For the first 50-plus minutes of the Colorado Rapids' 2-1 loss to Real Salt Lake on Saturday night at Rio Tinto, it was the same old dormant Rapids offense that had produced just three goals in its last five-plus games. Chances were few and far between, and those few chances were all squandered.
But then, as if with the wave of a wand, the offense sprang to life in the second half.
Perhaps ignited by a controversial penalty awarded to Real Salt Lake's Javier Morales in the 52nd minute and the Argentine's subsequent goal to put RSL up 2-0, Colorado awoke, producing chance after chance, finally ending in Drew Moor's 83rd minute header that cut the Rapids' deficit in half. And while the Rapids were unable to come back and ultimately fell to RSL, there were plenty of positives to take away from the defeat, starting and ending with the offensive awakening.
"I think the guys battled like warriors out there," Rapids head coach Pablo Mastroeni told reporters postgame. "I think they really imposed themselves on the game. The guys were on the front foot, finding ways to score. I think our lack of finishing today was the difference and let us down."
There's no question that the offense has been a sticking point for the Rapids the last few weeks. Entering the match tied for last in MLS with just seven goals from the field of play, Mastroeni tinkered with his offensive formation on Saturday night in an effort to jump-start his dormant attack. The first-year head coach pushed Dillon Serna and Deshorn Brown further out wide, looking to create width that had been lacking in recent weeks.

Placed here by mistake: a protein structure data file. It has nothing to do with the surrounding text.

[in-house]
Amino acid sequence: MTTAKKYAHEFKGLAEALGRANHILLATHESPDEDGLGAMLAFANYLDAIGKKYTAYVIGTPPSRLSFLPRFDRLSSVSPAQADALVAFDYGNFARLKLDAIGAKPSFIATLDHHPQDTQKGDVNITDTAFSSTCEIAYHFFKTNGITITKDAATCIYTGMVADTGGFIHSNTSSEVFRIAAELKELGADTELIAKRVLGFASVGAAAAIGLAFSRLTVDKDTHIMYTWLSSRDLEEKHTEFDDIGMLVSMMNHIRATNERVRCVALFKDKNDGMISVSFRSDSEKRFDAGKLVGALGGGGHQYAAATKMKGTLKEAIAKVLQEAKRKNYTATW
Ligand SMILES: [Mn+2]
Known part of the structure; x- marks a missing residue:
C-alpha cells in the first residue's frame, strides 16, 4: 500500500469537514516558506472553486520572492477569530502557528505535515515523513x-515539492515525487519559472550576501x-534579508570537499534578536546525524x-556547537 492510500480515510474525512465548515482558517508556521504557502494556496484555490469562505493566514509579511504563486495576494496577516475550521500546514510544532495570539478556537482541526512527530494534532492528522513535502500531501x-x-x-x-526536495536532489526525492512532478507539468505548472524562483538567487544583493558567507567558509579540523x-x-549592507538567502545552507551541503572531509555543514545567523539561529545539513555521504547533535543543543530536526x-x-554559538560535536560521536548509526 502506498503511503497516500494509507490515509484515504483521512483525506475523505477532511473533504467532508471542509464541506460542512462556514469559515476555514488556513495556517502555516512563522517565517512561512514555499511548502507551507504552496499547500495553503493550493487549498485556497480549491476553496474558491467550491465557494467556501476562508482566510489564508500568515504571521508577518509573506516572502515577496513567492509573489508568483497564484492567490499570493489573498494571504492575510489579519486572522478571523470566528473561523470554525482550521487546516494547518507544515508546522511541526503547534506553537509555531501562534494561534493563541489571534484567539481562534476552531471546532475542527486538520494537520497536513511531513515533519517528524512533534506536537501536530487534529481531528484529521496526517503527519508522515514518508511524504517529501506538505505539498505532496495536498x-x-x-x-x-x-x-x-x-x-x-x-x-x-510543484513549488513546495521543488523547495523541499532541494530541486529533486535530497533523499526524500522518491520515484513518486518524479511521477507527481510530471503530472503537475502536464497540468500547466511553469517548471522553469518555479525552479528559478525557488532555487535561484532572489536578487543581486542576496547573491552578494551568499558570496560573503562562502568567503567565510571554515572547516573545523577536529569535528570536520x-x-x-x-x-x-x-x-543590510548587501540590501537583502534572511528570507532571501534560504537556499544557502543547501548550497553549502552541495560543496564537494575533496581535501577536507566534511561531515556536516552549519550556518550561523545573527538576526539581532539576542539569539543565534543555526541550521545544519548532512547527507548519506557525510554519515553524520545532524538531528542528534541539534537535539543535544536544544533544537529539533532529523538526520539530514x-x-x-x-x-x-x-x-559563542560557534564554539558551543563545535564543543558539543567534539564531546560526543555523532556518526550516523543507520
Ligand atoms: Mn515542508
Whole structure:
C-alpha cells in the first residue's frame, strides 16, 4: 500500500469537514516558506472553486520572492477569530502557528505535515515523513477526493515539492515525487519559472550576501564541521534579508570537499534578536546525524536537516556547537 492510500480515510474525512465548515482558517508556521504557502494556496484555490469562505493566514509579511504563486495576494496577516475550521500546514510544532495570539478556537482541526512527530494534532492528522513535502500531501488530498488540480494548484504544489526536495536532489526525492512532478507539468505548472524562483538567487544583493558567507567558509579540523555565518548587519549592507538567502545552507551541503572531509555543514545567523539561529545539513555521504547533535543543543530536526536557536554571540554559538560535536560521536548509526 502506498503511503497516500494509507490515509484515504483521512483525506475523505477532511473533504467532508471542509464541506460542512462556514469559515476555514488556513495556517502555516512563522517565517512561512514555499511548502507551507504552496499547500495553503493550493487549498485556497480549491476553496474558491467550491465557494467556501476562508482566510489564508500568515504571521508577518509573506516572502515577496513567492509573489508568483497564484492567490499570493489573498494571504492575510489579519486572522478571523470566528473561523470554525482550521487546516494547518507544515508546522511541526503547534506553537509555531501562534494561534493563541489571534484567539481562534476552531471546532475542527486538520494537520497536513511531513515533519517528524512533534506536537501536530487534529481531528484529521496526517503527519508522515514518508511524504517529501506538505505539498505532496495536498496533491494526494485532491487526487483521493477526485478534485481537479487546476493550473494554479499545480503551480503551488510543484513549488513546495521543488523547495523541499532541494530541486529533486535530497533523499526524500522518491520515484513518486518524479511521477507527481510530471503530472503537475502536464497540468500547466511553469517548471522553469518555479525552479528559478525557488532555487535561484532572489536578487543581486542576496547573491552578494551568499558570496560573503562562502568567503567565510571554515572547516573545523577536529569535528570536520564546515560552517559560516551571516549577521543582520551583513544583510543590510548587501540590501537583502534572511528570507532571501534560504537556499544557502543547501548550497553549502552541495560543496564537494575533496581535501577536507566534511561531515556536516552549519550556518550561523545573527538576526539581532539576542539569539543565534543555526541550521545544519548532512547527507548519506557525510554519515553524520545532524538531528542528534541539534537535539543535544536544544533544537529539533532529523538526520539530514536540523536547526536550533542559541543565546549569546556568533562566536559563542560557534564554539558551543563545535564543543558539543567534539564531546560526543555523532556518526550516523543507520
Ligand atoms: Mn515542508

It took a while, but Mastroeni's juggled lineup appeared to pay off. Serna was at the heart of several big scoring chances, using his creativity to open up space as he kept RSL 'keeper Jeff Attinella on his toes for the final 35 minutes of the match. Moor missed two free headers earlier in the half but he connected on his third opportunity on net. Substitute Kamani Hill nearly scored on a low drive just outside the penalty box, all examples of a struggling offense that the team hopes came alive on Saturday night.
"We can't wait to take a punch in the face before we start playing in a game like this," Moor told reporters postgame. "You can't complain about the last 70 minutes. I thought we were the better team and created more chances and on a better day we probably score a couple more [goals]."
Now, the key for Mastroeni is taking Saturday's positive attacking spell and building off of it moving forward.
"This is all a process," Mastroeni said. "It's not about doing really well one week, and the other week not showing up. It's about how do you become more consistent. It's a fairly new group, fairly new coach, and the idea is to every week get better as a team, whether it's defensively or offensively, and now, [the question is] how do we sustain this type of offense."